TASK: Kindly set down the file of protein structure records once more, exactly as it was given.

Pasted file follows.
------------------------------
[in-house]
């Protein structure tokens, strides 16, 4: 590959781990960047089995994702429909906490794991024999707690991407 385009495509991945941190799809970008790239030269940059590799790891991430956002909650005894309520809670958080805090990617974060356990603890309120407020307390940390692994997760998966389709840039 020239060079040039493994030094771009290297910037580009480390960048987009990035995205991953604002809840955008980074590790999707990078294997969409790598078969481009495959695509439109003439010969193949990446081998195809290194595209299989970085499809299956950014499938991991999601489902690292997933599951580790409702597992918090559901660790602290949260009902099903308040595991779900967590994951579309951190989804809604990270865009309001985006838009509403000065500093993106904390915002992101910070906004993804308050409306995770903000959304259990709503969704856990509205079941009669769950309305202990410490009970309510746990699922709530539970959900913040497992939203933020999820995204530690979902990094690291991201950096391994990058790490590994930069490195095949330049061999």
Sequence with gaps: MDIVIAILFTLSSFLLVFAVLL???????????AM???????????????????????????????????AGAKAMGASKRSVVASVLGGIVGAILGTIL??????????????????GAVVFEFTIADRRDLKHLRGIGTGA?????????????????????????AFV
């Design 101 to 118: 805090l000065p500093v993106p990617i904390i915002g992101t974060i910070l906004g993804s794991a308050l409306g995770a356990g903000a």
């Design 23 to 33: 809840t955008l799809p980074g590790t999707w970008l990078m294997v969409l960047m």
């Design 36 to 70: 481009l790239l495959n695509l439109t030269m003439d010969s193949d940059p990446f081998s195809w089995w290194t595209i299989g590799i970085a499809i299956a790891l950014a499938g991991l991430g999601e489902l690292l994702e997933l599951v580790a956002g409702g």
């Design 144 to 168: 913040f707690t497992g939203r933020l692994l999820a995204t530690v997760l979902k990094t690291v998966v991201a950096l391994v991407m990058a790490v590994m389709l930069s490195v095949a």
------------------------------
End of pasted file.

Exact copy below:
[in-house]
């Protein structure tokens, strides 16, 4: 590959781990960047089995994702429909906490794991024999707690991407 385009495509991945941190799809970008790239030269940059590799790891991430956002909650005894309520809670958080805090990617974060356990603890309120407020307390940390692994997760998966389709840039 020239060079040039493994030094771009290297910037580009480390960048987009990035995205991953604002809840955008980074590790999707990078294997969409790598078969481009495959695509439109003439010969193949990446081998195809290194595209299989970085499809299956950014499938991991999601489902690292997933599951580790409702597992918090559901660790602290949260009902099903308040595991779900967590994951579309951190989804809604990270865009309001985006838009509403000065500093993106904390915002992101910070906004993804308050409306995770903000959304259990709503969704856990509205079941009669769950309305202990410490009970309510746990699922709530539970959900913040497992939203933020999820995204530690979902990094690291991201950096391994990058790490590994930069490195095949330049061999």
Sequence with gaps: MDIVIAILFTLSSFLLVFAVLL???????????AM???????????????????????????????????AGAKAMGASKRSVVASVLGGIVGAILGTIL??????????????????GAVVFEFTIADRRDLKHLRGIGTGA?????????????????????????AFV
């Design 101 to 118: 805090l000065p500093v993106p990617i904390i915002g992101t974060i910070l906004g993804s794991a308050l409306g995770a356990g903000a």
């Design 23 to 33: 809840t955008l799809p980074g590790t999707w970008l990078m294997v969409l960047m």
């Design 36 to 70: 481009l790239l495959n695509l439109t030269m003439d010969s193949d940059p990446f081998s195809w089995w290194t595209i299989g590799i970085a499809i299956a790891l950014a499938g991991l991430g999601e489902l690292l994702e997933l599951v580790a956002g409702g």
């Design 144 to 168: 913040f707690t497992g939203r933020l692994l999820a995204t530690v997760l979902k990094t690291v998966v991201a950096l391994v991407m990058a790490v590994m389709l930069s490195v095949a």